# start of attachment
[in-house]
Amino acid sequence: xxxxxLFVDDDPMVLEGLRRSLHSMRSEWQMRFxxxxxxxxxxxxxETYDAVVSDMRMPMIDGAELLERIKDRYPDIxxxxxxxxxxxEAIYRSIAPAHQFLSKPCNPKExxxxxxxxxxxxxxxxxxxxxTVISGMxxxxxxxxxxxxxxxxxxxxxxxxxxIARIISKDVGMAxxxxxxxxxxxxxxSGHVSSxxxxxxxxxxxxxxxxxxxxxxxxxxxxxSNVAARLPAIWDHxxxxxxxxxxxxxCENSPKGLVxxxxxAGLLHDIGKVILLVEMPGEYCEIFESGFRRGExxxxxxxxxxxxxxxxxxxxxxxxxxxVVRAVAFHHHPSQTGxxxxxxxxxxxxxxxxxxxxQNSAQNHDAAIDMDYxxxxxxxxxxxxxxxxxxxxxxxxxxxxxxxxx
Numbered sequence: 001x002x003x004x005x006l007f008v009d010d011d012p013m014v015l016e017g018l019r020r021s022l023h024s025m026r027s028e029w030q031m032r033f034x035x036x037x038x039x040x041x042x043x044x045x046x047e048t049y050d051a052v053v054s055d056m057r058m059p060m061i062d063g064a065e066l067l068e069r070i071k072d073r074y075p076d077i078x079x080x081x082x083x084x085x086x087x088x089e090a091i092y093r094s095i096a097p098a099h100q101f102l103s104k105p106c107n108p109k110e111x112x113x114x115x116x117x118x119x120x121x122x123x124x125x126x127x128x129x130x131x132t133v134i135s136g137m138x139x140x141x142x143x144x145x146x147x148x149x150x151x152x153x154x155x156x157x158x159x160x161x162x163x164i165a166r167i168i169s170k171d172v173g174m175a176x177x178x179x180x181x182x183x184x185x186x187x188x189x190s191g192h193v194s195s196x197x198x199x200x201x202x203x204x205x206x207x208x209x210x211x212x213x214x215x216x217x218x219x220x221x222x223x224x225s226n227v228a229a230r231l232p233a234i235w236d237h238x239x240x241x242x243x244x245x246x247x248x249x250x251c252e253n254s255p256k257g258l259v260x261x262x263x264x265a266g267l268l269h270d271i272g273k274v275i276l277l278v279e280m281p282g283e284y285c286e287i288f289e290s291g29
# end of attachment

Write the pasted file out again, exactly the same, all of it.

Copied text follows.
[in-house]
Amino acid sequence: xxxxxLFVDDDPMVLEGLRRSLHSMRSEWQMRFxxxxxxxxxxxxxETYDAVVSDMRMPMIDGAELLERIKDRYPDIxxxxxxxxxxxEAIYRSIAPAHQFLSKPCNPKExxxxxxxxxxxxxxxxxxxxxTVISGMxxxxxxxxxxxxxxxxxxxxxxxxxxIARIISKDVGMAxxxxxxxxxxxxxxSGHVSSxxxxxxxxxxxxxxxxxxxxxxxxxxxxxSNVAARLPAIWDHxxxxxxxxxxxxxCENSPKGLVxxxxxAGLLHDIGKVILLVEMPGEYCEIFESGFRRGExxxxxxxxxxxxxxxxxxxxxxxxxxxVVRAVAFHHHPSQTGxxxxxxxxxxxxxxxxxxxxQNSAQNHDAAIDMDYxxxxxxxxxxxxxxxxxxxxxxxxxxxxxxxxx
Numbered sequence: 001x002x003x004x005x006l007f008v009d010d011d012p013m014v015l016e017g018l019r020r021s022l023h024s025m026r027s028e029w030q031m032r033f034x035x036x037x038x039x040x041x042x043x044x045x046x047e048t049y050d051a052v053v054s055d056m057r058m059p060m061i062d063g064a065e066l067l068e069r070i071k072d073r074y075p076d077i078x079x080x081x082x083x084x085x086x087x088x089e090a091i092y093r094s095i096a097p098a099h100q101f102l103s104k105p106c107n108p109k110e111x112x113x114x115x116x117x118x119x120x121x122x123x124x125x126x127x128x129x130x131x132t133v134i135s136g137m138x139x140x141x142x143x144x145x146x147x148x149x150x151x152x153x154x155x156x157x158x159x160x161x162x163x164i165a166r167i168i169s170k171d172v173g174m175a176x177x178x179x180x181x182x183x184x185x186x187x188x189x190s191g192h193v194s195s196x197x198x199x200x201x202x203x204x205x206x207x208x209x210x211x212x213x214x215x216x217x218x219x220x221x222x223x224x225s226n227v228a229a230r231l232p233a234i235w236d237h238x239x240x241x242x243x244x245x246x247x248x249x250x251c252e253n254s255p256k257g258l259v260x261x262x263x264x265a266g267l268l269h270d271i272g273k274v275i276l277l278v279e280m281p282g283e284y285c286e287i288f289e290s291g29